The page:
Dicky’s story is fascinating because Russell stages it as a film within the film. In reality, Dicky was a subject of an HBO documentary—High On Crack Street: Lost Lives in Lowell—and the early part of The Fighter is filmed in a cinema verité style that mirrors the documentary footage. The extent of Dicky’s addiction is made clear to the audience because unbeknownst to Dicky, he thinks the documentarians are chronicling his comeback story instead of highlighting his addiction. Bale totally disappears into the role of Dicky as we see him lie, wheedle, jump out of second story windows, and yet still carry an undeniable charisma associated with addicts. Bale is known for his Method approach, and his commitment to the character—Bale also lost a significant amount of weight for the role, and stayed in character between takes—makes the actor indistinguishable from the part. Like eyes being drawn to a trainwreck, Bale makes it impossible for the audience to remove their gaze whenever Dicky is on screen.
As the film progresses, the audience sees that Alice is just as large of a liability to Micky’s career as Dicky’s crack addiction. She manages the careers of both her sons, although it is clear that the rest of the boxing community regards her as a joke, and she is only able to draw matches for Micky where he has to fight boxers far out of his weight class. Consequently, as Alice and Dicky force Micky to accept those fights for the purse, Micky suffers grievous injury.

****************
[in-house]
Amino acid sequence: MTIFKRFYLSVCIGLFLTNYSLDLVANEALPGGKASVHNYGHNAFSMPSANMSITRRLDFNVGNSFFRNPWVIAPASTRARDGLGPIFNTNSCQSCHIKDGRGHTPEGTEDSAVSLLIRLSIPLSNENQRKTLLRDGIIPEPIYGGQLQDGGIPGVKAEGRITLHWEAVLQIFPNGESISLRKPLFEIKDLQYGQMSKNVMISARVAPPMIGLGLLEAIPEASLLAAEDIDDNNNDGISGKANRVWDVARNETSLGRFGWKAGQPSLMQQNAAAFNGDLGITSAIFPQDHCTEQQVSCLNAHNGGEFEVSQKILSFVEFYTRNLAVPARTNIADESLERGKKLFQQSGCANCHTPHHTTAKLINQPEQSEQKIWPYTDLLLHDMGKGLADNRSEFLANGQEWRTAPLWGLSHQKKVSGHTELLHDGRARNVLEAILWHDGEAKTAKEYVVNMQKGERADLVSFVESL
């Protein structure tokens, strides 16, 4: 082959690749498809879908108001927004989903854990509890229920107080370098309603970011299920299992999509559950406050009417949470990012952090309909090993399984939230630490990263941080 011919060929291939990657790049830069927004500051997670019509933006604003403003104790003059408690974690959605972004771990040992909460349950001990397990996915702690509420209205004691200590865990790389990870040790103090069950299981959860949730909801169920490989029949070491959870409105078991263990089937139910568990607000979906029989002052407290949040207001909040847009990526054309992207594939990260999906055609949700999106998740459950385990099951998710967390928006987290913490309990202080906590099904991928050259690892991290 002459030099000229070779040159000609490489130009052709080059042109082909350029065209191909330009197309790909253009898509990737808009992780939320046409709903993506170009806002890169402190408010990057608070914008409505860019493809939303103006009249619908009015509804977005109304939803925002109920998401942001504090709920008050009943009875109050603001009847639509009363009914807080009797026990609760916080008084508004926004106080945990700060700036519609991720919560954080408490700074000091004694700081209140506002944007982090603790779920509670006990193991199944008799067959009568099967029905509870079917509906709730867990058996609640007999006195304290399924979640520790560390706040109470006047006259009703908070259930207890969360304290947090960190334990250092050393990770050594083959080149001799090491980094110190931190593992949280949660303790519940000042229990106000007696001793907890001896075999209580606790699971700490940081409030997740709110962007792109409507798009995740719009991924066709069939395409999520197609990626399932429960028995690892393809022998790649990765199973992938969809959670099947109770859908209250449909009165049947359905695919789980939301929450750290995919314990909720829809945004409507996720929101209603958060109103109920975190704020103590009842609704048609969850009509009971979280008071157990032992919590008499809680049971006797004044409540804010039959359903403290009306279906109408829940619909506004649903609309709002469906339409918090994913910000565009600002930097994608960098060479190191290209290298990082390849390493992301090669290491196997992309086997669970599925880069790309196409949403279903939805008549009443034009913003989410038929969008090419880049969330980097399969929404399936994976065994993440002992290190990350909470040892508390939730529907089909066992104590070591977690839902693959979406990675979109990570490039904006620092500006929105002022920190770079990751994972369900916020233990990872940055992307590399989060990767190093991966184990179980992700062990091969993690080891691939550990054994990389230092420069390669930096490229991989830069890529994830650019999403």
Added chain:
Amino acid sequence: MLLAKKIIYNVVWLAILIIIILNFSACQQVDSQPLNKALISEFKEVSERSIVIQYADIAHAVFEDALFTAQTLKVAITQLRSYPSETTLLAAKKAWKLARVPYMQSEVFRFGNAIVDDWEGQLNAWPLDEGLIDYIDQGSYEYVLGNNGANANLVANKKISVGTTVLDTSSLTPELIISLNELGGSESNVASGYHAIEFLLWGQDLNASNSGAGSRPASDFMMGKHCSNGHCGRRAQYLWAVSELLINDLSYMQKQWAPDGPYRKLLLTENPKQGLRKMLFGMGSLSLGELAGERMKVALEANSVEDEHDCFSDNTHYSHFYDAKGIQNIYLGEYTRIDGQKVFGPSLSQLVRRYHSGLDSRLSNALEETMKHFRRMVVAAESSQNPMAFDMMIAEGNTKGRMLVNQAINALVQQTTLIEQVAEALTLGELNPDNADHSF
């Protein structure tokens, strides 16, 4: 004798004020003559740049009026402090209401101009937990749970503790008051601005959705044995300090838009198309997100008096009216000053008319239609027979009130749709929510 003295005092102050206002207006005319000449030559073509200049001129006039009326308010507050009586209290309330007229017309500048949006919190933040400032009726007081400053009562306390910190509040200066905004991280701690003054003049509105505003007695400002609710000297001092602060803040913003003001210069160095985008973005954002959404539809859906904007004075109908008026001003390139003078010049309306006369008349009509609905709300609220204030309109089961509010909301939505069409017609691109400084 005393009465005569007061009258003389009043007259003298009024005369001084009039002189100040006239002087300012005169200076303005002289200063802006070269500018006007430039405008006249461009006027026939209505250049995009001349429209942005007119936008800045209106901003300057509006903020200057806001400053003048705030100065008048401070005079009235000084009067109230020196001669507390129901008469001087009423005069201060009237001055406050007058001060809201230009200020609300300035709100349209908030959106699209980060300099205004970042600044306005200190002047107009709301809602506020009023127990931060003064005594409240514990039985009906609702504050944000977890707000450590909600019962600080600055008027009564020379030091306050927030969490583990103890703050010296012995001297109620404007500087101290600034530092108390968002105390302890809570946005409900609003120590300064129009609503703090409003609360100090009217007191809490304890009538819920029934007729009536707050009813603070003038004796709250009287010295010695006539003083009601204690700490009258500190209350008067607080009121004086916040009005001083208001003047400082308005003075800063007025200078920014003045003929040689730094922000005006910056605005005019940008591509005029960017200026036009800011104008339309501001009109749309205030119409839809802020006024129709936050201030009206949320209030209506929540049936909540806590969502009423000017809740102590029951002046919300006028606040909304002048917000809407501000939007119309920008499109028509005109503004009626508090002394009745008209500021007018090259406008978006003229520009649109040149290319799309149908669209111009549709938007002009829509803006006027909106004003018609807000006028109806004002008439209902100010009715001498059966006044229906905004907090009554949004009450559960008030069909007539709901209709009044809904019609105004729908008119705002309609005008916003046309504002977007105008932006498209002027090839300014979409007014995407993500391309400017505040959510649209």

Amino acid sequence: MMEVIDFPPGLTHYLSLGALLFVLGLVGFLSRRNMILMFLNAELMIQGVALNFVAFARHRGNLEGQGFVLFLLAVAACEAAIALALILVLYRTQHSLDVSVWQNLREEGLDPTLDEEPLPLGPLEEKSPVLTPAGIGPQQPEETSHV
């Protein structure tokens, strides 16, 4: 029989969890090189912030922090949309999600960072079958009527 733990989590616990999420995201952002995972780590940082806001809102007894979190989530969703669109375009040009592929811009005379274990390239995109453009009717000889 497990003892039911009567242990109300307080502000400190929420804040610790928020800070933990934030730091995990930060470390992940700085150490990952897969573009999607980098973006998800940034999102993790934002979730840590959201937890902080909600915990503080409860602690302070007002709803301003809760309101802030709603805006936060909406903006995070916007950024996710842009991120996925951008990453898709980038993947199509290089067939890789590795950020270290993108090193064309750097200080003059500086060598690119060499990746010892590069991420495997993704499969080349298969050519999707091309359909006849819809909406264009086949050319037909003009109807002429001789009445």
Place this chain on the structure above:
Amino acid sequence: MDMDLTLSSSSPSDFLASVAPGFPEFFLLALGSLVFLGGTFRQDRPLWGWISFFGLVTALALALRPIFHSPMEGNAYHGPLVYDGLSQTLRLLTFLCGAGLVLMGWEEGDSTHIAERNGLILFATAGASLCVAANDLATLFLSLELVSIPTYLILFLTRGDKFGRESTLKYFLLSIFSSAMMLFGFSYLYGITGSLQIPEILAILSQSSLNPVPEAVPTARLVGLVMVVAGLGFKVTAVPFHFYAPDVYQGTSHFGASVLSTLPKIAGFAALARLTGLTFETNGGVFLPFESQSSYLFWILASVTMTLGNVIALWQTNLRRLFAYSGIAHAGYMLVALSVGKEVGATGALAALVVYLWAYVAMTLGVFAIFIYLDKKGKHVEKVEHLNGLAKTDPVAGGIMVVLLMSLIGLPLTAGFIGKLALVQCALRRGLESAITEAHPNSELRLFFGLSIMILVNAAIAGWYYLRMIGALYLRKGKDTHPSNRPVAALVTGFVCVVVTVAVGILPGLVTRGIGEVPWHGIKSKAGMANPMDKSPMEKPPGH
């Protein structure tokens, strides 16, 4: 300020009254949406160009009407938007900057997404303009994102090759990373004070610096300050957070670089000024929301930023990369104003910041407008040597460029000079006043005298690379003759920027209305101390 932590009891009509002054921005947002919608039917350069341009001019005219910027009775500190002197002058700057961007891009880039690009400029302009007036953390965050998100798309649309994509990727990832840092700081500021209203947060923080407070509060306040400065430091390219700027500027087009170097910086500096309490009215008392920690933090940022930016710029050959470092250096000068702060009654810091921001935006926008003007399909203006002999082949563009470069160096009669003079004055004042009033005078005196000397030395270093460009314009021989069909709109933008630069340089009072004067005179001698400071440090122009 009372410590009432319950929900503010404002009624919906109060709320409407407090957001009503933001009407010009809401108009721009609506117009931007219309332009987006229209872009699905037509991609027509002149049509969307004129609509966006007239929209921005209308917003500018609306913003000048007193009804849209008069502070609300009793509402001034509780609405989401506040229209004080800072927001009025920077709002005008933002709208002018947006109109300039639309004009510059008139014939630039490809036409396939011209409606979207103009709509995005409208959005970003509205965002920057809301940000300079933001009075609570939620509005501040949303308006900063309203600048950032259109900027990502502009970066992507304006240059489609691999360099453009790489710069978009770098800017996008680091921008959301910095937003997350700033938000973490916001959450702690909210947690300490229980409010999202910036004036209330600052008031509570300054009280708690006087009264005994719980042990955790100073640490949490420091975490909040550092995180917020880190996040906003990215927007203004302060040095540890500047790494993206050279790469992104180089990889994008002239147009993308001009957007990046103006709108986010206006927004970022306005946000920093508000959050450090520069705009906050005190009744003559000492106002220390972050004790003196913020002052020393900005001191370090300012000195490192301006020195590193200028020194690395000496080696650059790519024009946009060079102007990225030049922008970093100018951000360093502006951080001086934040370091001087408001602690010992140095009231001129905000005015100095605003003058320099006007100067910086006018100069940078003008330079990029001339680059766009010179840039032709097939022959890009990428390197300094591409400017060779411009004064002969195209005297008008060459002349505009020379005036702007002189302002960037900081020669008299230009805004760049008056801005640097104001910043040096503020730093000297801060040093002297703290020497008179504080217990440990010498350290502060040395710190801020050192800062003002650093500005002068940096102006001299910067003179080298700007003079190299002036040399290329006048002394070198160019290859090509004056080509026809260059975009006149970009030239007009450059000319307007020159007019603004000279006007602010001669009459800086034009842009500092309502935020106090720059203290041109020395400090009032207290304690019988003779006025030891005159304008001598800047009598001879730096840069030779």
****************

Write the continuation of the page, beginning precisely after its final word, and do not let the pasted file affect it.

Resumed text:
While rehabbing, Micky meets Charlene, a tough broad working as a bartender. Herself a former athlete (a high jumper), Charlene sees that Micky has more potential as a fighter than he realizes, and that his loyalty to his mother and brother is what is keeping him from realizing his potential. Thus a conflict is staged between Alice and Charlene for the heart of Micky.